dental associatesPreviously, I wrote about how it is the responsibility of the senior dentist to give a new associate every opportunity to flourish when that new person comes aboard in the practice. Here are three simple things the established dentist can do to fast track that process:

1. Establish expectations for reporting: The new dentist needs to be able to hit the ground running when it comes to participating in the morning huddle meetings where you preview the day’s cases. That means for the first six months or so, you both need to be in early to prepare notes, and you don’t leave at the end of the day until all case documentation is complete. You should also have a structure for reporting to each other regularly such as meeting once a month for four hours, once a quarter for a daylong review, and at least once a year going to a workshop together. When you and your new associate get aligned like this on how to create value in the practice, that’s when real acceleration happens. 

. Introduce them to your specialist partners: Collaboration with the greater clinical community is vital, too. Be sure your new associate creates successful relationships with the specialists you refer to. It’s up to you to make the introductions and get the new dentist in your practice deeply involved in the interdisciplinary community that serves your practice’s patients. If there is a multi-disciplinary study group in the area, have them join that too. We are always recommending to specialists who lead our Spear Study Clubs that they embrace new dentists in the community. It’s a great way to get a professional relationship going on a deep, meaningful level right from the start.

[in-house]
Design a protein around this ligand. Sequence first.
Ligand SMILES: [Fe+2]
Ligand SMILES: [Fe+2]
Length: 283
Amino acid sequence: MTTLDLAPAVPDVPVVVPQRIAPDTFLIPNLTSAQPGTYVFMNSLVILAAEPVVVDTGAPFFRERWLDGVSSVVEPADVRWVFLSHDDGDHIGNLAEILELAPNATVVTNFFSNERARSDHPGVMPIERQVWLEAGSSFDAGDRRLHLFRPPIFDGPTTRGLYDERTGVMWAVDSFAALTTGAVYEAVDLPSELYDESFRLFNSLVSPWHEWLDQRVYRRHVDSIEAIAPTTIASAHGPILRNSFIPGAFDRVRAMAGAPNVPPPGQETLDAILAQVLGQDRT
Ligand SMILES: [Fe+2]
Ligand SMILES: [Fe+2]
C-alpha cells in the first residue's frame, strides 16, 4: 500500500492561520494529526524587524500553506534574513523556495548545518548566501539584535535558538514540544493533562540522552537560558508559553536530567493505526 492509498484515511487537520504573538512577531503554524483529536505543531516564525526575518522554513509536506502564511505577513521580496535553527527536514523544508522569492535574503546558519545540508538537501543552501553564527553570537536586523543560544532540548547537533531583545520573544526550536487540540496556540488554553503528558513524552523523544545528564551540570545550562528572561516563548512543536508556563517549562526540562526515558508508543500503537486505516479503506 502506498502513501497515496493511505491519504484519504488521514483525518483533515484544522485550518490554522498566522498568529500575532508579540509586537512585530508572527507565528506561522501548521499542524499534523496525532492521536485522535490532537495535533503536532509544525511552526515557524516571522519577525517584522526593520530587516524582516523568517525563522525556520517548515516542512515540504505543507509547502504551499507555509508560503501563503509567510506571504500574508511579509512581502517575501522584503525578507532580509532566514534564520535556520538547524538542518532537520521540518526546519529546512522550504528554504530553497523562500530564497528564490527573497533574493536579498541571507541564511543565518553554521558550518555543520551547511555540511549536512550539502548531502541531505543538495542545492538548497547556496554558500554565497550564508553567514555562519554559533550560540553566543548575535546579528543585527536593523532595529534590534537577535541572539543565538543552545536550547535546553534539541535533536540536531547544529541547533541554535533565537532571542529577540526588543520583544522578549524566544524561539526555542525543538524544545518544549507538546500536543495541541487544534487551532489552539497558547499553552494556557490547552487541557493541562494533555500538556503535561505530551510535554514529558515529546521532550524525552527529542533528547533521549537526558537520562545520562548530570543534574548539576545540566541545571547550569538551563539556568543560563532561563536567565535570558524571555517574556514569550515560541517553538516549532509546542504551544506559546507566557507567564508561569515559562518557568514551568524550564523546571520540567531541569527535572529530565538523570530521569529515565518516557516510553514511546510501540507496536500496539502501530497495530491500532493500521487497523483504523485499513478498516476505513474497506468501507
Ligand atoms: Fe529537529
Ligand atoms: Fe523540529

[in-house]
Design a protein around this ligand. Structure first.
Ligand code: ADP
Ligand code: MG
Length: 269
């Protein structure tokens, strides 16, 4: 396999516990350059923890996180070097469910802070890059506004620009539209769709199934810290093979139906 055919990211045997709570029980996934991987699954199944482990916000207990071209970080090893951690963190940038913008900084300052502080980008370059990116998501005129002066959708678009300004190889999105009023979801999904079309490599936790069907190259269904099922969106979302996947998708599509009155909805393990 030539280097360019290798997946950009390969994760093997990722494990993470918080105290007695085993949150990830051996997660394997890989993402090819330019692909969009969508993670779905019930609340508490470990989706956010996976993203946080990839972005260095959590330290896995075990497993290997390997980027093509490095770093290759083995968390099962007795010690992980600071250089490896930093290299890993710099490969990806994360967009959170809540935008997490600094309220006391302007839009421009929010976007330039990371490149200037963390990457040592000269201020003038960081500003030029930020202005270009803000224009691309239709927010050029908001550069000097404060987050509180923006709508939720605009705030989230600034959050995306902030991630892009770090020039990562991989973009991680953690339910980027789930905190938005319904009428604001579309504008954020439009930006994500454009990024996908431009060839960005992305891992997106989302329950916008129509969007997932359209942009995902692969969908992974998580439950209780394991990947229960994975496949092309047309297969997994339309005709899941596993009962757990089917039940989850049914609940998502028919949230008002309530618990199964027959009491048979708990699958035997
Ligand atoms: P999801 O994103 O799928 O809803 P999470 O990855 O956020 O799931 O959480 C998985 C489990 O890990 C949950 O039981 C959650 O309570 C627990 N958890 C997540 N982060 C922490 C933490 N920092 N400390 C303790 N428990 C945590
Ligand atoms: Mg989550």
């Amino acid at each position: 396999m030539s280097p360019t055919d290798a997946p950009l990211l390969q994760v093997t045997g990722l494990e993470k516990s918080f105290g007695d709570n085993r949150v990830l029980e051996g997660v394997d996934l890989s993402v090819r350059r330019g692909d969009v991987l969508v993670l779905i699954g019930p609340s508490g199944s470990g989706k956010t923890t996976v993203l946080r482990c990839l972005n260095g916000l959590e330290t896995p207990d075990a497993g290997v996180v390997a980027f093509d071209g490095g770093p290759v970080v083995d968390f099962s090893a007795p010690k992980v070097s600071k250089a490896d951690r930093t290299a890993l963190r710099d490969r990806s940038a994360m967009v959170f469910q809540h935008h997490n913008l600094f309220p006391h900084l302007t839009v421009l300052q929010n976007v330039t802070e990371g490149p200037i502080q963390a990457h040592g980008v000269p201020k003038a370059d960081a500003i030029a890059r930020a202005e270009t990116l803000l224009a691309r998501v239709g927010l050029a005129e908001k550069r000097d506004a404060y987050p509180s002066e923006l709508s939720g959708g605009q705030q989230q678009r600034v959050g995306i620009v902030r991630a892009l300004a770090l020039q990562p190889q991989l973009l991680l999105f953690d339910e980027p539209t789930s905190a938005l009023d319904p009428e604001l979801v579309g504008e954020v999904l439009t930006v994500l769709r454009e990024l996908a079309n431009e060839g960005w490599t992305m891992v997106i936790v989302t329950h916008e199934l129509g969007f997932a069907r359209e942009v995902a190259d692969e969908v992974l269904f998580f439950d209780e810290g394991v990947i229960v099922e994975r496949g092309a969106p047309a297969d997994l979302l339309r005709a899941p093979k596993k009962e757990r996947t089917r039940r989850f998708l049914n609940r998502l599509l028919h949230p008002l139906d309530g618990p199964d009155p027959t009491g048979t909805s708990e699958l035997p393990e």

3. Schedule regular case reviews and case plan collaborations: Here’s where we get to the heart of what it means to be a senior dentist in a practice. This is where you get to really be involved as a mentor by reviewing comprehensive cases together, sharing the benefits of your clinical experience and your unique patient knowledge. It’s all about instilling a partnership mindset. Try scheduling half a day each week where you and the new dentist work together as a team reviewing the particulars of each significant case, collaborating on everything from records to diagnosis, to treatment planning and clinical delivery.  When you bring a new dentist into the practice you are not just bringing in another pair of hands, you are welcoming a new person to become a part of your practice’s culture. Getting them to buy into that culture with their heart, mind and soul is your duty as a leader.